Two boats are sailing close-hauled, Yellow (port-tack, windward) and Blue (port-tack, leward), when the starboard-tacked Green boat becomes a problem. Yellow hails "room to pass astern of Green" and proceeds to accelerate down on Blue to dip Green's stern forcing Blue to duck to avoid a collision. In the scenario, nothing happened and all boats continued racing. However, if I were at the helm of Blue, I would have immediately protested Yellow. Blue and Yellow were overlapped during the entire event.
I have an idea of how this would play out in a protest hearing, but what do you think?
*This led me to purchasing Dave Perry's 100 Best Racing Quizzes based on The Racing Rules of Sailing for 2021-2024. I did not see a quiz that matched exactly, though Quiz 74 begins similarly. I can post that quiz and others in the future.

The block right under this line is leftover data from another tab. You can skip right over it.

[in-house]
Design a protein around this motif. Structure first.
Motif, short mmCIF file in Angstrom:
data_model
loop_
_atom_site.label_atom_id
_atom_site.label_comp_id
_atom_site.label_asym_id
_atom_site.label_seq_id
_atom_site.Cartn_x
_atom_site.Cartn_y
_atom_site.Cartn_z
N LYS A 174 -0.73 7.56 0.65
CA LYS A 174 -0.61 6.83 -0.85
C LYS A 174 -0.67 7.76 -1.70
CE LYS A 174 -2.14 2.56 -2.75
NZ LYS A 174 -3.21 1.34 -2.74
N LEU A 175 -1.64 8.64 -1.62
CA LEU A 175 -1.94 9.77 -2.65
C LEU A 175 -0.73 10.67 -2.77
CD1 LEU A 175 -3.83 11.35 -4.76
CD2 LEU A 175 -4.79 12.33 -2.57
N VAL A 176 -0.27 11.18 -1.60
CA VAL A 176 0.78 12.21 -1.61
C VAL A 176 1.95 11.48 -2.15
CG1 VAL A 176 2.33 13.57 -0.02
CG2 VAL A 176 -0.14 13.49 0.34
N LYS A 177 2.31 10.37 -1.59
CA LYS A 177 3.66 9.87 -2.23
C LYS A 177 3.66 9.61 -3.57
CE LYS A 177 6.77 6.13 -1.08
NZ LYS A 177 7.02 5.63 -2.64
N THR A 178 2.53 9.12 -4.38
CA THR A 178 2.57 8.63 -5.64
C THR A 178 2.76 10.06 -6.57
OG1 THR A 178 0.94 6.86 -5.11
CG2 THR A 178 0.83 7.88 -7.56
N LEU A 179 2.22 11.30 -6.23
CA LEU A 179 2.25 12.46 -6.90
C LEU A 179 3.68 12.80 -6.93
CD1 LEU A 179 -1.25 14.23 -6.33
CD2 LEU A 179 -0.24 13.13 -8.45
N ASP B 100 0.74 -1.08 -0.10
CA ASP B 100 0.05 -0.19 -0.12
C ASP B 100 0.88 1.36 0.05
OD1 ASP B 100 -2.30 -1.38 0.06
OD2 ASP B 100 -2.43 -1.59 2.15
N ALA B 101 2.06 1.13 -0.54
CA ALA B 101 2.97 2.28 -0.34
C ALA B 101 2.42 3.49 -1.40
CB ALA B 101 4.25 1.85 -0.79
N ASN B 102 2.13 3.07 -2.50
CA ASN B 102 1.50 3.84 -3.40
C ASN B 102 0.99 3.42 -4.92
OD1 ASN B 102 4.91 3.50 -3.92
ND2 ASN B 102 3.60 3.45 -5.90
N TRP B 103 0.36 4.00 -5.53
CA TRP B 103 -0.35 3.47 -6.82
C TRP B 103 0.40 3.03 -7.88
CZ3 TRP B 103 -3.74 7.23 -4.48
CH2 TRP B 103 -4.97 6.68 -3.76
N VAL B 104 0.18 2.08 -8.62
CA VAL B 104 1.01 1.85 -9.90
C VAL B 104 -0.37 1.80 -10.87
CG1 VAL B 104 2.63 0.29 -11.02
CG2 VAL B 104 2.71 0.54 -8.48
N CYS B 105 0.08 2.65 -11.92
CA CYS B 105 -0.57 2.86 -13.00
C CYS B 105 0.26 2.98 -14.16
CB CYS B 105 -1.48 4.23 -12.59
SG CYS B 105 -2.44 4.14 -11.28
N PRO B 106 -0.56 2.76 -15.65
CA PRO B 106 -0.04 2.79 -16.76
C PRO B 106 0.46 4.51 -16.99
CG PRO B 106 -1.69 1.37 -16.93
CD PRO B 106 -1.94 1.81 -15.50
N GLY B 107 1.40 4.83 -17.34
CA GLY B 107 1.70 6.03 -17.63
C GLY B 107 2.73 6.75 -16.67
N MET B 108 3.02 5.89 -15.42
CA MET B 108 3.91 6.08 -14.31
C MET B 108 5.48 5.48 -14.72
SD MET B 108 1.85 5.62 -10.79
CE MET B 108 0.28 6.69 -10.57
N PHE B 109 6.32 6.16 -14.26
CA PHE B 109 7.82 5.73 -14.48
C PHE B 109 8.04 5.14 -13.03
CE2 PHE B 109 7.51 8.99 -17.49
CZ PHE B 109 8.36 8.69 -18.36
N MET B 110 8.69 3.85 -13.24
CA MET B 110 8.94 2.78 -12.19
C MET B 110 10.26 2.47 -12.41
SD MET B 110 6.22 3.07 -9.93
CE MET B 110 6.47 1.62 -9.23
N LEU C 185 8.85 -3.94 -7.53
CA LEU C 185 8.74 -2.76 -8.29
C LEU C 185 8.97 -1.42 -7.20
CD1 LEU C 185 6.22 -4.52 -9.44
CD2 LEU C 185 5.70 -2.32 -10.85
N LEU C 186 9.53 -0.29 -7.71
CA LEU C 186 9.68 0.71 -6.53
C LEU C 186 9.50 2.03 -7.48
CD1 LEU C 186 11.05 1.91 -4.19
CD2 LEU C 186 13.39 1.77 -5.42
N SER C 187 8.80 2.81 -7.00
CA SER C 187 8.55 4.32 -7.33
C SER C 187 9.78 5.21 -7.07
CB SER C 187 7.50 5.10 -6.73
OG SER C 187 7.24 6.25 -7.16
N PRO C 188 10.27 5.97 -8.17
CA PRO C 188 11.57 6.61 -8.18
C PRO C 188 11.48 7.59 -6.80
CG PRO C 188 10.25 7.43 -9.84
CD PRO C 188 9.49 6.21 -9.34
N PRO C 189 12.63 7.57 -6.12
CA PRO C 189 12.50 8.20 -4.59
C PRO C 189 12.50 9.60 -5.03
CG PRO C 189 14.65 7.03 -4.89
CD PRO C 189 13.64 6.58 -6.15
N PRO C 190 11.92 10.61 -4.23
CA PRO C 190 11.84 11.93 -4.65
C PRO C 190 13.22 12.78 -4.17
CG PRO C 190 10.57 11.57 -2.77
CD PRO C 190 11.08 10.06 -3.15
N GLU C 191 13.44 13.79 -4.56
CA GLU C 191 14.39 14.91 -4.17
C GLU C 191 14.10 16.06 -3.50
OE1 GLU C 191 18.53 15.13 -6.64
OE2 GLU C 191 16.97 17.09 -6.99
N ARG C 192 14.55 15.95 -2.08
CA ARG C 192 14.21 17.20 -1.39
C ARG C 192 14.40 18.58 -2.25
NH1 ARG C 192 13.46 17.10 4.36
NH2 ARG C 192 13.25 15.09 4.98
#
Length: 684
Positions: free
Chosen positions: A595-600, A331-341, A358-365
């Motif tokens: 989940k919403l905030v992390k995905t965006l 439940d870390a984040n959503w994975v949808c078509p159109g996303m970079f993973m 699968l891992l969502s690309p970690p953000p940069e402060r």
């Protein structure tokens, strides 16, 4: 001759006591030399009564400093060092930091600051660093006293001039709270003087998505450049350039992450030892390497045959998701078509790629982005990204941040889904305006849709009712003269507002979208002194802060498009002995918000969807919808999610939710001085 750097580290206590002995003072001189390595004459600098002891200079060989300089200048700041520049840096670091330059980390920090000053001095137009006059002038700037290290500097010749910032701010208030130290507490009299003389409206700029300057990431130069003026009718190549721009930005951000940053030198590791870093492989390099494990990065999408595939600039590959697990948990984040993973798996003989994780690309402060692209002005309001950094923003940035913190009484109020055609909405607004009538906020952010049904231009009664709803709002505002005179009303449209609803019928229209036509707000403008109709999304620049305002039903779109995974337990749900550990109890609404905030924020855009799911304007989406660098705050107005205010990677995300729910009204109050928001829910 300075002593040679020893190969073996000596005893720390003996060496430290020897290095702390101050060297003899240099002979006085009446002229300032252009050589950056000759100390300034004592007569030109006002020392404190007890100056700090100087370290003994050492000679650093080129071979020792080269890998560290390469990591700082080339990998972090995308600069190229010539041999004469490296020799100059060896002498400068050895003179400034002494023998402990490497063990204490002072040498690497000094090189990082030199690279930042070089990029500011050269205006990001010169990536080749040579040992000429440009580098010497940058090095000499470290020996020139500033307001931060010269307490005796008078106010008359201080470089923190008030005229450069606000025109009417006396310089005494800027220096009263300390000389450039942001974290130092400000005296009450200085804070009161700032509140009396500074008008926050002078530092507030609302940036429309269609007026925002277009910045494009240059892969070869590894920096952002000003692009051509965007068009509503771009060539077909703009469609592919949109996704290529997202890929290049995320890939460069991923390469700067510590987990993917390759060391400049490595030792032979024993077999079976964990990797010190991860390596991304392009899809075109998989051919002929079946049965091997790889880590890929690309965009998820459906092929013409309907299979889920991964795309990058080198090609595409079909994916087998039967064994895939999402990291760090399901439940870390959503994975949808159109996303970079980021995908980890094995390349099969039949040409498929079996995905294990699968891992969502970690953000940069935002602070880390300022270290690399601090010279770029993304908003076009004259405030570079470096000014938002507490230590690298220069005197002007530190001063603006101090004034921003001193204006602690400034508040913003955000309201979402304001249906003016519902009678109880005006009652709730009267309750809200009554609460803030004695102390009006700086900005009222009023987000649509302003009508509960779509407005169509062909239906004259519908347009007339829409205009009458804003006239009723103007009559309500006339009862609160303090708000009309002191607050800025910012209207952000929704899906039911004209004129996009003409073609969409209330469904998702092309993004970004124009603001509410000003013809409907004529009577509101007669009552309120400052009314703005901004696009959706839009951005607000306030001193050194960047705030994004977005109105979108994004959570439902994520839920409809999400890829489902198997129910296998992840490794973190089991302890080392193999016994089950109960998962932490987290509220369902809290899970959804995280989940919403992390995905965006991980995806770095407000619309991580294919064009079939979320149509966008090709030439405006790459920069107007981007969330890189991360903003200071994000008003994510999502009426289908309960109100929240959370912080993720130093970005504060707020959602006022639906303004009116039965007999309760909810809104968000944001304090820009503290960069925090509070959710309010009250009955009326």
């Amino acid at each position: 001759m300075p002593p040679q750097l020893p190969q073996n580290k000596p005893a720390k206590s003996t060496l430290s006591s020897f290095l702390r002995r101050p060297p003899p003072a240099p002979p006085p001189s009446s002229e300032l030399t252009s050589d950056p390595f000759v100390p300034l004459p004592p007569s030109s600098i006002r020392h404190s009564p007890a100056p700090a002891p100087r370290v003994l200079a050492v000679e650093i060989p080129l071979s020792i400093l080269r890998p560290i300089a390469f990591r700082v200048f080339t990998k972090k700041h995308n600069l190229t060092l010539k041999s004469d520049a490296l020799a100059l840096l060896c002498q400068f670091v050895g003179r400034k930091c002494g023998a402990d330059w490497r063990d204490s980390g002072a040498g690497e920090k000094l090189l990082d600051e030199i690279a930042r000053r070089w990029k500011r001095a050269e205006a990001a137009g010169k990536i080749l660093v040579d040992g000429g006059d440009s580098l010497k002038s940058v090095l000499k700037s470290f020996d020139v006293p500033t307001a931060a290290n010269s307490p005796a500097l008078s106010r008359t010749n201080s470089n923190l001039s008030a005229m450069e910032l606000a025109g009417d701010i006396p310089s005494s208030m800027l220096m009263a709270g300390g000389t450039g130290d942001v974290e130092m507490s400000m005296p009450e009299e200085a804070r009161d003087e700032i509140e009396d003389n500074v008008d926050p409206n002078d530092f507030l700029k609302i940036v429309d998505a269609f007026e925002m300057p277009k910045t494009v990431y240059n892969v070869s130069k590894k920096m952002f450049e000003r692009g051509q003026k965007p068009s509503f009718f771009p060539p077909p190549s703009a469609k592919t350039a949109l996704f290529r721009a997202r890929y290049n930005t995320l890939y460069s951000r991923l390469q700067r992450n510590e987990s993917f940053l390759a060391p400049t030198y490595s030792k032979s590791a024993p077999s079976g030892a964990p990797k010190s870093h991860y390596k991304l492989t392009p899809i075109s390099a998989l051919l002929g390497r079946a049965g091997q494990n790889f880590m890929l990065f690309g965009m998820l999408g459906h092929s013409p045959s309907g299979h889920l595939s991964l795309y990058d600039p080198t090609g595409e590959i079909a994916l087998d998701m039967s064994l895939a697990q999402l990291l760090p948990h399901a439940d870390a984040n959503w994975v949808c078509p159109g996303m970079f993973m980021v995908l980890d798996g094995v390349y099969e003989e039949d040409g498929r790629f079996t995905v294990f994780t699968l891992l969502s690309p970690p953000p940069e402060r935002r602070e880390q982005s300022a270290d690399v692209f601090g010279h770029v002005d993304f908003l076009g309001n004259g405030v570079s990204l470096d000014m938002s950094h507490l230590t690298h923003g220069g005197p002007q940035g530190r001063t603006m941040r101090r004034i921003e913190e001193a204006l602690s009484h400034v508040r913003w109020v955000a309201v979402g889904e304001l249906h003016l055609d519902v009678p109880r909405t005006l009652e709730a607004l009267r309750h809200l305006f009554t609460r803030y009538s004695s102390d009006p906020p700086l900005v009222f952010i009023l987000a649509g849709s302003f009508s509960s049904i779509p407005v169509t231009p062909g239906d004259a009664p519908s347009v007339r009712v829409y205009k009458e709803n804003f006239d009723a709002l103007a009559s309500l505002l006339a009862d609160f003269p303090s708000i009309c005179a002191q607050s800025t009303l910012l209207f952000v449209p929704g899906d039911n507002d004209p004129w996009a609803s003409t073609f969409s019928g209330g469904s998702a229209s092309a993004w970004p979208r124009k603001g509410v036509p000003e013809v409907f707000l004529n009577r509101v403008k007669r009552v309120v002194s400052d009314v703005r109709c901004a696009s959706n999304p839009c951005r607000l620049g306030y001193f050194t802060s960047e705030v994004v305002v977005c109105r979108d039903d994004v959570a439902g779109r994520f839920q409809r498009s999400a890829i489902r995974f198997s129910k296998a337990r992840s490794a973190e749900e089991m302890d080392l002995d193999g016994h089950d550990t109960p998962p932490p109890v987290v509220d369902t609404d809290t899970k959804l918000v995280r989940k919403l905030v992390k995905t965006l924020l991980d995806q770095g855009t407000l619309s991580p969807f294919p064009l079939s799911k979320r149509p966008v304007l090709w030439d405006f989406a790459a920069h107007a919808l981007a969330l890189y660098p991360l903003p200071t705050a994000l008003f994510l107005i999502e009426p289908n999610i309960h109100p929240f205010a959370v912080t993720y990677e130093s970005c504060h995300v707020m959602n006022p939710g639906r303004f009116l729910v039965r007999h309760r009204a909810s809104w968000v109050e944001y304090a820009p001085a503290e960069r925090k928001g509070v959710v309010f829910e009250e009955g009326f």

How do we do it? One of the biggest concepts that our newest sailors get a crash course in is how do we run a regatta with a bunch of different boats. Often we find new sailors under the impression that their 1985 Hobie 16 can't compete with the modern Formula boats. Well the thing is, they aren't even scored together!
Rules Quiz - Port Starboard with a windshift
Boats S (blue, on starboard tack) and P (yellow, on port tack) are both sailing close-hauled and are converging on a beat. P will safely cross S. However, when they are less than 2 boat-lengths apart, the wind shifts to the right ten degrees. S heads up (changes her course) in response to the windshift such that P is unable to keep clear. There is minor contact with no damage or injury, and both boats protest. You are on the protest committee. How would you decide this and why?
The goal here is to help all of us become better sailors. This, then, is a tool to help provide valuable insight into various catamaran focsued sailing topics, including a number of different subject areas such as: